Since those early days, in addition to training many undergraduates, Clarkson graduated over 35 Ph.D. students and a similar number of M.S. students in this field, who now occupy leading technical and management roles at Intel, IBM, Micron, etc.
Novel Polymeric Materials
Professor Sitaraman Krishnan’s research group, in the Department of Chemical & Biomolecular Engineering, specializes in the synthesis of novel polymeric materials, and studying the thin film and surface properties of these materials. Current research projects in his group include organic electrolytes and polymer nanocomposites for solar cells, proton conducting polymer membranes for fuel cells, marine antifouling coatings, and polysaccharide microparticles for controlled release applications. The group works with Professor Dipankar Roy, in the Physics Department at Clarkson University, toward developing new materials for energy conversion and storage devices. The molecular architectures and intermolecular interactions in these materials are tailored for properties such as high thermal stability, low fluidity, and high ionic conductivity. In collaboration with Professor John McLaughlin, the group is interested in computational investigation of complex fluids such as ionic liquids and nanocomposites. The graduate and undergraduate student researchers working on these projects include Ms. Lin Wu, Ms. Janice Lebga, Mr. Jianping Zheng, Ms. Azar Abidnejad, Mr. Patrick Kelleher, Mr. Theodore Glave, Mr. Edward Howell, Ms. Sydney Laramie, and Mr. Joshua Franclemont.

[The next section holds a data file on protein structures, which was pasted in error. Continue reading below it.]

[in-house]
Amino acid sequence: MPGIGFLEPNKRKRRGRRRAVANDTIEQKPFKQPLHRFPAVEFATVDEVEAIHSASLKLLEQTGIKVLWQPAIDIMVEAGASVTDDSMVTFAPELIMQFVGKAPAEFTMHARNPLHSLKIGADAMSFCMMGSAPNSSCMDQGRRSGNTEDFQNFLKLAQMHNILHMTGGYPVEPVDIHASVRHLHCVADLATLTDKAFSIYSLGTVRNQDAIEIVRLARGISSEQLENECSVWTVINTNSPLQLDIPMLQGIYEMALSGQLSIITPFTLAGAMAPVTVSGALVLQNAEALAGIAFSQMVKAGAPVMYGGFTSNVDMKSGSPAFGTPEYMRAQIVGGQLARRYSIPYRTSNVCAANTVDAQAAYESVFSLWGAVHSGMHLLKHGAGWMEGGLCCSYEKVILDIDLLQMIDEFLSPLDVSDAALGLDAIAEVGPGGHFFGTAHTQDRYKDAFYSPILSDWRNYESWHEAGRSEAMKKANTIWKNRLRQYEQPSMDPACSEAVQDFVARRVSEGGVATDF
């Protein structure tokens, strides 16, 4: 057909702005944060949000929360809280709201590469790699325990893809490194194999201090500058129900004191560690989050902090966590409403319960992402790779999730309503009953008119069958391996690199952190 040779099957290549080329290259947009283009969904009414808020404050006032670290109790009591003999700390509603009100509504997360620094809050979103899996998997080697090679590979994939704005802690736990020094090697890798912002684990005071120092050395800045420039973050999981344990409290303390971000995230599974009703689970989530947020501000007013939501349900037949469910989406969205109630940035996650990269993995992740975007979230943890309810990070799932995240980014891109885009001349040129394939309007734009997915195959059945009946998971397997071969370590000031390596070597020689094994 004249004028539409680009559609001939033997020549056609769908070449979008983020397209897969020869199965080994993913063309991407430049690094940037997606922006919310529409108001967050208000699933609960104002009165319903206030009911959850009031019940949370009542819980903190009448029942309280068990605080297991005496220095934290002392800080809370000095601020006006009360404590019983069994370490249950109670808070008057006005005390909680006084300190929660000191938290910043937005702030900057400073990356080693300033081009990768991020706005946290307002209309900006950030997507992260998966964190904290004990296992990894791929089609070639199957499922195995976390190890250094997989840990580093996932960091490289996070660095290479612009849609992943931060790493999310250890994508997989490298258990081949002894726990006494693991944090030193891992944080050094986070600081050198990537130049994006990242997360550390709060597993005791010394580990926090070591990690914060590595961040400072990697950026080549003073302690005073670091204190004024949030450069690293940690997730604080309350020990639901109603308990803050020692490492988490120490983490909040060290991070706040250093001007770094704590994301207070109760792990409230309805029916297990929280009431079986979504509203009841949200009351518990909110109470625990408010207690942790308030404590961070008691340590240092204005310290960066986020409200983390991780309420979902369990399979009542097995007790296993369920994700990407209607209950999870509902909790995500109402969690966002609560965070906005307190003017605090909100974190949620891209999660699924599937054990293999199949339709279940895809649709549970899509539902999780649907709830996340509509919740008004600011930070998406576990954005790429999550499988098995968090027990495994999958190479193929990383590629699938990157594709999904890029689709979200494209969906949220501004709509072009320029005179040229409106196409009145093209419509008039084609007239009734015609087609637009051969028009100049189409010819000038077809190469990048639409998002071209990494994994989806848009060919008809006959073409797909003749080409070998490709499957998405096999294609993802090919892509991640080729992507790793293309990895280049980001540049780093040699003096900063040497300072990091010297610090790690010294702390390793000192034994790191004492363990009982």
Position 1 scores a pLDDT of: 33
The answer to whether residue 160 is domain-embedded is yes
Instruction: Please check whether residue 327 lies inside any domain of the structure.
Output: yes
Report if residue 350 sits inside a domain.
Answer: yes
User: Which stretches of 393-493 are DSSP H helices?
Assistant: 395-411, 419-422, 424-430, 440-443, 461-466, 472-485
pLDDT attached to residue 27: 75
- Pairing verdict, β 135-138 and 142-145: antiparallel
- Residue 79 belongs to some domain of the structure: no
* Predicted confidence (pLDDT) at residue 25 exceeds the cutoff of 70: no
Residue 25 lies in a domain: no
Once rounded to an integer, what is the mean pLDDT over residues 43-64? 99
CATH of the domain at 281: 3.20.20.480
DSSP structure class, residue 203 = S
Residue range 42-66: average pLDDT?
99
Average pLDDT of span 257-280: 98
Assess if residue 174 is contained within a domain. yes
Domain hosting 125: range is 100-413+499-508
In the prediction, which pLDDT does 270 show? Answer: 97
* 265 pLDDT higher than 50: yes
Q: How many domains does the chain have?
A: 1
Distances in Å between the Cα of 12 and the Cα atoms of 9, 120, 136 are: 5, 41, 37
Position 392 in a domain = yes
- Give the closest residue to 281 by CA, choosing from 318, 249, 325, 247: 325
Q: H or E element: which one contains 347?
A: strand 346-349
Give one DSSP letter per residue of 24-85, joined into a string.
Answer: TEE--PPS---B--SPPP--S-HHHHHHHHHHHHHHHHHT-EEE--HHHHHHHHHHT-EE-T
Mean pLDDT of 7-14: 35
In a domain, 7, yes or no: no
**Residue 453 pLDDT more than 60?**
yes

Professors Don H. Rasmussen and Ian I. Suni are developing new methods for thin film deposition and processing for applications to solar energy. Thin film solar cells made from CdTe, CIGS and amorphous Si are currently under intensive investigation due to their lower cost relative to bulk Si solar cells. Professor Suni's research expertise includes electrochemical deposition of thin films. This method is cost competitive and easy to scale up to the large substrate areas needed for electricity generation. For example, electrodeposition is the preferred method for Cu thin film deposition onto Si wafers. Professor Rasmussen is developing new methods to enhance thin film diffusion, including anodic bonding, for post-processing thermal treatment of the active thin films to improve the film crystallinity. Anodic bonding is widely employed in semiconductor manufacturing, including MEMS devices.
With the aim of improving the survival rate of injured soldiers, a team working at Clarkson University is designing a biocomputing system that is capable of diagnosing multiple injuries upon analysis of a complex combination of various biomarkers. The goals of the present research are to design, optimize, and critically evaluate a multi-enzyme system composed of concatenated enzyme-based logic gates which are capable of performing Boolean logic operations. This system will be applied to the automated processing of biochemical/physiological information and interfaced with electronic transducers and signal-responsive drug-delivery materials or actuators. By employing multiple clinically-relevant injury/trauma biomarkers as inputs for the enzyme gates, the new biochemical logic system would provide high-fidelity diagnostics much better than conventional single biomarker sensors. Recent work of a team of students headed by Research Assistant Professor Dr. Jan Halámek resulted in the formulation of a novel approach to the biomedical logic systems. A modular system comprising six logic gates was prototyped whose outputs were multiplexed into one concise injury code that could identify 64 unique injury conditions among 4096 possible physiological scenarios.